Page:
Merck Manual

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Female Genital Mutilation

(Female Genital Cutting; Female Circumcision)


Alicia R. Pekarsky

, MD, State University of New York Upstate Medical University, Upstate Golisano Children's Hospital

Reviewed/Revised Nov 2022

Female genital mutilation is a traditional practice in some cultures that involves removal of part or all of the external genitals.

The female external genitals External Female Genital Organs External Female Genital Organs include the clitoris External Female Genital Organs External Female Genital Organs (a small bump on the female genitals that is sensitive to sexual stimulation), the labia External Female Genital Organs External Female Genital Organs (the fleshy folds or lips of tissue that enclose and protect the genital organs), and the hymen Female Internal Genital Organs The internal genital organs form a pathway (the genital tract). This pathway consists of the following: Vagina (part of the birth canal), where sperm are deposited and from which a baby can... read more (a thin membrane that encircles the opening of the vagina).

Female genital mutilation is a traditional practice in some cultures in parts of Africa (usually northern or central Africa). Mutilation is also practiced in some parts of the Middle East and in other areas of the world as well. In cultures where it is practiced, it is often regarded as providing benefits regarding female hygiene, fertility, and chastity and male sexual pleasure and may be required for marriageability. Female genital mutilation may be decreasing due to the influence of religious leaders who have spoken out against the practice and growing opposition in some communities.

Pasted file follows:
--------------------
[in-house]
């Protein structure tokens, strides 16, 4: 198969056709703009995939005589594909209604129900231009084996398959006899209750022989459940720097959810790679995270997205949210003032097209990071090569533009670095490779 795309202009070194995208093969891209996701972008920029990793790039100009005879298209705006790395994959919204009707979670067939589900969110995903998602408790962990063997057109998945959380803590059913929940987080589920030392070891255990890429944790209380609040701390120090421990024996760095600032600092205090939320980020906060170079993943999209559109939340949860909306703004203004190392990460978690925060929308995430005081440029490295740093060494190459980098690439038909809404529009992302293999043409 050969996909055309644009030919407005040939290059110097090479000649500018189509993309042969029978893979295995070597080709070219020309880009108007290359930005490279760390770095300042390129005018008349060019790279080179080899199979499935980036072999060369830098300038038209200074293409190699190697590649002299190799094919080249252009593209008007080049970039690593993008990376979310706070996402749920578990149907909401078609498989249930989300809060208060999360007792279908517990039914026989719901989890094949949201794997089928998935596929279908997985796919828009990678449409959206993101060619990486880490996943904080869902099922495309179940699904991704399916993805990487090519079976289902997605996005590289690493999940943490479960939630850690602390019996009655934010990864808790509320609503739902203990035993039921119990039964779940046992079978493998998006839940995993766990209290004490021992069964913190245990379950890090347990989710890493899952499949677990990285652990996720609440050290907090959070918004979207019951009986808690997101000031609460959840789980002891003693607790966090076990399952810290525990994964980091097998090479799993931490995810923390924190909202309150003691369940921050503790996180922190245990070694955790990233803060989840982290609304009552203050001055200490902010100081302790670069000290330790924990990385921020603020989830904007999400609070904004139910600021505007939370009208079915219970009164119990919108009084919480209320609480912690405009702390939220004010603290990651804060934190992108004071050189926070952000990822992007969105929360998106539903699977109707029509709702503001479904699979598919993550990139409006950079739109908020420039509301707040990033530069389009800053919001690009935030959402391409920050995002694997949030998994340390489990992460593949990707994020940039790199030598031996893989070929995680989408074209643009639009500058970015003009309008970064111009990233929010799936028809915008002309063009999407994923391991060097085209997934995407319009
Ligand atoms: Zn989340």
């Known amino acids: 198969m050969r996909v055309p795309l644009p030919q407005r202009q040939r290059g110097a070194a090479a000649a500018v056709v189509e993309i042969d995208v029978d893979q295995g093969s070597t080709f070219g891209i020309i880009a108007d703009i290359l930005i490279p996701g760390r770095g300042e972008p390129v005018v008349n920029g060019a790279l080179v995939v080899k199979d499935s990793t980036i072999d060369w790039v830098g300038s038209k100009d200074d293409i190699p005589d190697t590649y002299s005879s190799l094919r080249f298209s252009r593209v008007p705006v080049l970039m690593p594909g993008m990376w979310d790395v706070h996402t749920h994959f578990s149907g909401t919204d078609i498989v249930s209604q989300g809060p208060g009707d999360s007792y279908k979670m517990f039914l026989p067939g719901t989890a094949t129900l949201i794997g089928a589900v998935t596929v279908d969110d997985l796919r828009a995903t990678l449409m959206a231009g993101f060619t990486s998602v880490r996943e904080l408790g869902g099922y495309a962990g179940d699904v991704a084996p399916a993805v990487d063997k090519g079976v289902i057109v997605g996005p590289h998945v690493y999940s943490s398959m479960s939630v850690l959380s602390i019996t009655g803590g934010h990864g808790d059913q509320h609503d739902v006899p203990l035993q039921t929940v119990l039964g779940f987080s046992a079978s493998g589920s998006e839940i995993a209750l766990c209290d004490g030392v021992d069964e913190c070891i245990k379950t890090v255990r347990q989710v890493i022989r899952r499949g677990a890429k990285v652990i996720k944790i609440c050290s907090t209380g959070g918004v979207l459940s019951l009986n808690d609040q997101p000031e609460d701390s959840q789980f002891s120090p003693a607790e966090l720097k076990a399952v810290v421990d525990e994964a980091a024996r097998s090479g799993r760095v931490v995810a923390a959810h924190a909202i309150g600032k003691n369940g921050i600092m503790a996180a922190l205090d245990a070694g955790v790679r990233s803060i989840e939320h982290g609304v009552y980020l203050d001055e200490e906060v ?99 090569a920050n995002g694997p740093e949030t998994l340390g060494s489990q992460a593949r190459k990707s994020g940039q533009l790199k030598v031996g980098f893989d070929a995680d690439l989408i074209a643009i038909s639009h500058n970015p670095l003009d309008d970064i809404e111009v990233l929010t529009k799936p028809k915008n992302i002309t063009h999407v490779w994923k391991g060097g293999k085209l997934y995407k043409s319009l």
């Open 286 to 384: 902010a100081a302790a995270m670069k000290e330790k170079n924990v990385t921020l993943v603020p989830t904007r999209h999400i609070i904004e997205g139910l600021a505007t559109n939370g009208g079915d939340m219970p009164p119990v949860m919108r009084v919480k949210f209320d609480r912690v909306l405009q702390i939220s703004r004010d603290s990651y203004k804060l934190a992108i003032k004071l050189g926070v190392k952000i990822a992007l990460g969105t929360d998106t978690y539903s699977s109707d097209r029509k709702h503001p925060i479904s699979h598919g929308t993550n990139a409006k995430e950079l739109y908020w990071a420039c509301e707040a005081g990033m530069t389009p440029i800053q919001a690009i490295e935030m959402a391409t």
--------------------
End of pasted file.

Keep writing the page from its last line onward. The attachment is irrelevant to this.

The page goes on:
The practice has many potential complications and no health benefits. The average age of girls who undergo mutilation is 7 years, and mutilation is typically done without anesthesia.

There are four main types of female genital mutilation defined by the World Health Organization:

  • Clitoridectomy: Partial or total removal of the clitoris and/or the fold of skin surrounding the clitoris (called the prepuce or clitoral hood)

  • Excision: Partial or total removal of the clitoris and the labia minora (small labia), with or without removal of the labia majora (large labia)

  • Infibulation: Narrowing of the vaginal opening by cutting and repositioning the labia minora or labia majora, sometimes through stitching, with or without removal of the clitoris or clitoral hood

  • Other: All other harmful procedures done to the female genitals for nonmedical purposes (such as pricking, piercing, carving [incising], scraping, and cauterizing the genital area)

Consequences of genital mutilation include bleeding and infection (including tetanus Tetanus Tetanus results from a toxin produced by the anaerobic bacteria Clostridium tetani. The toxin makes muscles contract involuntarily and become rigid. Tetanus usually develops after a wound... read more ). Females who have been infibulated may possibly have recurring urinary and gynecologic infections and scarring. Females who become pregnant after mutilation may have severe injury to the external pelvic area or bleeding (hemorrhage) during childbirth. Psychologic problems may be severe.

Women who have undergone infibulation need to be cared for by a health care practitioner who is culturally sensitive. Sometimes women want or need a deinfibulation procedure, which is often done before engaging in sexual activity or before giving birth vaginally. Women should receive care from a specialist who is experienced with this procedure.

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